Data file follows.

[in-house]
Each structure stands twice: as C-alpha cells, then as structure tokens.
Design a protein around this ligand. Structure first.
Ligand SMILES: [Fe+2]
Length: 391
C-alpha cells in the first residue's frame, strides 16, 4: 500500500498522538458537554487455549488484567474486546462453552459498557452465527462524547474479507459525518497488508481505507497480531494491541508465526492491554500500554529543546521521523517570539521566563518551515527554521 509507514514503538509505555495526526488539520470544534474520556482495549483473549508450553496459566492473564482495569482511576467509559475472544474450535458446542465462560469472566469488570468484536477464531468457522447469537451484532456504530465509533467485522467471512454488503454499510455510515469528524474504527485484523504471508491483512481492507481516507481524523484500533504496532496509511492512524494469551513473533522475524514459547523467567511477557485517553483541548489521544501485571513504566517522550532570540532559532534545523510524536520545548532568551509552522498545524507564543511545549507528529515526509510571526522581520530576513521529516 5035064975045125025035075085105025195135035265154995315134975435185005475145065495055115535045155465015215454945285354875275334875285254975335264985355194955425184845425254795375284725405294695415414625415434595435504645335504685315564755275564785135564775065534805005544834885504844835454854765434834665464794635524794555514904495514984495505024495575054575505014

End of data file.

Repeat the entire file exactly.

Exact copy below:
[in-house]
Each structure stands twice: as C-alpha cells, then as structure tokens.
Design a protein around this ligand. Structure first.
Ligand SMILES: [Fe+2]
Length: 391
C-alpha cells in the first residue's frame, strides 16, 4: 500500500498522538458537554487455549488484567474486546462453552459498557452465527462524547474479507459525518497488508481505507497480531494491541508465526492491554500500554529543546521521523517570539521566563518551515527554521 509507514514503538509505555495526526488539520470544534474520556482495549483473549508450553496459566492473564482495569482511576467509559475472544474450535458446542465462560469472566469488570468484536477464531468457522447469537451484532456504530465509533467485522467471512454488503454499510455510515469528524474504527485484523504471508491483512481492507481516507481524523484500533504496532496509511492512524494469551513473533522475524514459547523467567511477557485517553483541548489521544501485571513504566517522550532570540532559532534545523510524536520545548532568551509552522498545524507564543511545549507528529515526509510571526522581520530576513521529516 5035064975045125025035075085105025195135035265154995315134975435185005475145065495055115535045155465015215454945285354875275334875285254975335264985355194955425184845425254795375284725405294695415414625415434595435504645335504685315564755275564785135564775065534805005544834885504844835454854765434834665464794635524794555514904495514984495505024495575054575505014